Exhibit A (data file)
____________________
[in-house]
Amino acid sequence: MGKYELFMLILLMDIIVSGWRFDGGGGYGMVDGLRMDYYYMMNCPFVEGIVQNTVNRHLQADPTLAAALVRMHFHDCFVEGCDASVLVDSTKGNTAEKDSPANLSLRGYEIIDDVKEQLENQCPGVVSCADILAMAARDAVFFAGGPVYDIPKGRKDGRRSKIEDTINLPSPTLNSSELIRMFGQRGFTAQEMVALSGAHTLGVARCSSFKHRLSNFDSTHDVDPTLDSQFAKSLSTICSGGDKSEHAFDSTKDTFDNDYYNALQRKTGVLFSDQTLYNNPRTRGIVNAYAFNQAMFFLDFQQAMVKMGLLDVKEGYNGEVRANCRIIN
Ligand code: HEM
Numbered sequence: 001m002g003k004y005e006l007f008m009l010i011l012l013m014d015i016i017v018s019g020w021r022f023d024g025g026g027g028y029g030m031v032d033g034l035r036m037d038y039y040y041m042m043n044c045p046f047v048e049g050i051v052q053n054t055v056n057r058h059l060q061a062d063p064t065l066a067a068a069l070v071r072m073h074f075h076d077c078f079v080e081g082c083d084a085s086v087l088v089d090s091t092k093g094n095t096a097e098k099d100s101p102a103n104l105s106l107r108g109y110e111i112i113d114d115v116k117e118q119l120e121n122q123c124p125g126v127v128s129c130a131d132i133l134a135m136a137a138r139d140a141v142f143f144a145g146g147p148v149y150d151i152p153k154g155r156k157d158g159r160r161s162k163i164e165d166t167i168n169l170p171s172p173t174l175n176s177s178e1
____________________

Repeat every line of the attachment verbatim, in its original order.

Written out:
[in-house]
Amino acid sequence: MGKYELFMLILLMDIIVSGWRFDGGGGYGMVDGLRMDYYYMMNCPFVEGIVQNTVNRHLQADPTLAAALVRMHFHDCFVEGCDASVLVDSTKGNTAEKDSPANLSLRGYEIIDDVKEQLENQCPGVVSCADILAMAARDAVFFAGGPVYDIPKGRKDGRRSKIEDTINLPSPTLNSSELIRMFGQRGFTAQEMVALSGAHTLGVARCSSFKHRLSNFDSTHDVDPTLDSQFAKSLSTICSGGDKSEHAFDSTKDTFDNDYYNALQRKTGVLFSDQTLYNNPRTRGIVNAYAFNQAMFFLDFQQAMVKMGLLDVKEGYNGEVRANCRIIN
Ligand code: HEM
Numbered sequence: 001m002g003k004y005e006l007f008m009l010i011l012l013m014d015i016i017v018s019g020w021r022f023d024g025g026g027g028y029g030m031v032d033g034l035r036m037d038y039y040y041m042m043n044c045p046f047v048e049g050i051v052q053n054t055v056n057r058h059l060q061a062d063p064t065l066a067a068a069l070v071r072m073h074f075h076d077c078f079v080e081g082c083d084a085s086v087l088v089d090s091t092k093g094n095t096a097e098k099d100s101p102a103n104l105s106l107r108g109y110e111i112i113d114d115v116k117e118q119l120e121n122q123c124p125g126v127v128s129c130a131d132i133l134a135m136a137a138r139d140a141v142f143f144a145g146g147p148v149y150d151i152p153k154g155r156k157d158g159r160r161s162k163i164e165d166t167i168n169l170p171s172p173t174l175n176s177s178e1